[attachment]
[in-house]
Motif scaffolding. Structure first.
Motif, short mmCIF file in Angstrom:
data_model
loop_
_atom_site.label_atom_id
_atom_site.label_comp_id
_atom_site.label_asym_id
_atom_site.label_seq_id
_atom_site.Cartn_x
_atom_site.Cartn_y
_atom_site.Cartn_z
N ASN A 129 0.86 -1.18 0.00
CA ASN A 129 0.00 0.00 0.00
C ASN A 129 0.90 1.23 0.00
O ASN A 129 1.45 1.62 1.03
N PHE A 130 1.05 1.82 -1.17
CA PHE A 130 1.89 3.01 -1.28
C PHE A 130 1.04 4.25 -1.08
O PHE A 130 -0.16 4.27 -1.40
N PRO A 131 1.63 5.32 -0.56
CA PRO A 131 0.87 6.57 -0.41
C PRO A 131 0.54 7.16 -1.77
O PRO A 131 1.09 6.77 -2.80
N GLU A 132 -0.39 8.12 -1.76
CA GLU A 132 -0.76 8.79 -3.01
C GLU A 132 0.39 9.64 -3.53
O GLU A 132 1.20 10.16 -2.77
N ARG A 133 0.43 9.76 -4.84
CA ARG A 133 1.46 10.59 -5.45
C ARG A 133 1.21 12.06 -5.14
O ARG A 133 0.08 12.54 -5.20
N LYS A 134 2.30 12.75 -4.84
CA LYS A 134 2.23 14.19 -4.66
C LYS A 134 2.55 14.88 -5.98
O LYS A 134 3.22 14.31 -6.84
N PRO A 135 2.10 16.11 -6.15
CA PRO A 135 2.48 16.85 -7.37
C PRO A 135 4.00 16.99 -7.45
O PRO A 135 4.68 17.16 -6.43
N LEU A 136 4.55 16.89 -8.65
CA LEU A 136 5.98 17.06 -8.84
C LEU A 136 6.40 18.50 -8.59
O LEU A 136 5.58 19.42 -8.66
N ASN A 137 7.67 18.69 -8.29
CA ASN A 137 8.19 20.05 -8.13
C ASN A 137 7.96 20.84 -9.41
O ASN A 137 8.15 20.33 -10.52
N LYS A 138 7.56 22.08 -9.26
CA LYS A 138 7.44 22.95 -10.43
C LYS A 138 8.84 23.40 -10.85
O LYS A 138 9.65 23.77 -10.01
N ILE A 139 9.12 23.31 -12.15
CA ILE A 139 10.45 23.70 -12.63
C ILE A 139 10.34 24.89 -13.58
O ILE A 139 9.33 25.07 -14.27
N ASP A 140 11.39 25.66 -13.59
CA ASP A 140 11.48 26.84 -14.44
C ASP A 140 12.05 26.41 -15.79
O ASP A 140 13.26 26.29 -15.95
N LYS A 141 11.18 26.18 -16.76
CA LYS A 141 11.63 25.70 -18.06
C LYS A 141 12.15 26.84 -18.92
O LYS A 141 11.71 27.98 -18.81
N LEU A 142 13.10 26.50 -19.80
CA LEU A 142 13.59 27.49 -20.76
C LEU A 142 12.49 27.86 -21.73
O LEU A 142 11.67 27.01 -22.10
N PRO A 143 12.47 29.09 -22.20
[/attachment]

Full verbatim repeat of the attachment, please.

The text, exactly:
[in-house]
Motif scaffolding. Structure first.
Motif, short mmCIF file in Angstrom:
data_model
loop_
_atom_site.label_atom_id
_atom_site.label_comp_id
_atom_site.label_asym_id
_atom_site.label_seq_id
_atom_site.Cartn_x
_atom_site.Cartn_y
_atom_site.Cartn_z
N ASN A 129 0.86 -1.18 0.00
CA ASN A 129 0.00 0.00 0.00
C ASN A 129 0.90 1.23 0.00
O ASN A 129 1.45 1.62 1.03
N PHE A 130 1.05 1.82 -1.17
CA PHE A 130 1.89 3.01 -1.28
C PHE A 130 1.04 4.25 -1.08
O PHE A 130 -0.16 4.27 -1.40
N PRO A 131 1.63 5.32 -0.56
CA PRO A 131 0.87 6.57 -0.41
C PRO A 131 0.54 7.16 -1.77
O PRO A 131 1.09 6.77 -2.80
N GLU A 132 -0.39 8.12 -1.76
CA GLU A 132 -0.76 8.79 -3.01
C GLU A 132 0.39 9.64 -3.53
O GLU A 132 1.20 10.16 -2.77
N ARG A 133 0.43 9.76 -4.84
CA ARG A 133 1.46 10.59 -5.45
C ARG A 133 1.21 12.06 -5.14
O ARG A 133 0.08 12.54 -5.20
N LYS A 134 2.30 12.75 -4.84
CA LYS A 134 2.23 14.19 -4.66
C LYS A 134 2.55 14.88 -5.98
O LYS A 134 3.22 14.31 -6.84
N PRO A 135 2.10 16.11 -6.15
CA PRO A 135 2.48 16.85 -7.37
C PRO A 135 4.00 16.99 -7.45
O PRO A 135 4.68 17.16 -6.43
N LEU A 136 4.55 16.89 -8.65
CA LEU A 136 5.98 17.06 -8.84
C LEU A 136 6.40 18.50 -8.59
O LEU A 136 5.58 19.42 -8.66
N ASN A 137 7.67 18.69 -8.29
CA ASN A 137 8.19 20.05 -8.13
C ASN A 137 7.96 20.84 -9.41
O ASN A 137 8.15 20.33 -10.52
N LYS A 138 7.56 22.08 -9.26
CA LYS A 138 7.44 22.95 -10.43
C LYS A 138 8.84 23.40 -10.85
O LYS A 138 9.65 23.77 -10.01
N ILE A 139 9.12 23.31 -12.15
CA ILE A 139 10.45 23.70 -12.63
C ILE A 139 10.34 24.89 -13.58
O ILE A 139 9.33 25.07 -14.27
N ASP A 140 11.39 25.66 -13.59
CA ASP A 140 11.48 26.84 -14.44
C ASP A 140 12.05 26.41 -15.79
O ASP A 140 13.26 26.29 -15.95
N LYS A 141 11.18 26.18 -16.76
CA LYS A 141 11.63 25.70 -18.06
C LYS A 141 12.15 26.84 -18.92
O LYS A 141 11.71 27.98 -18.81
N LEU A 142 13.10 26.50 -19.80
CA LEU A 142 13.59 27.49 -20.76
C LEU A 142 12.49 27.86 -21.73
O LEU A 142 11.67 27.01 -22.10
N PRO A 143 12.47 29.09 -22.20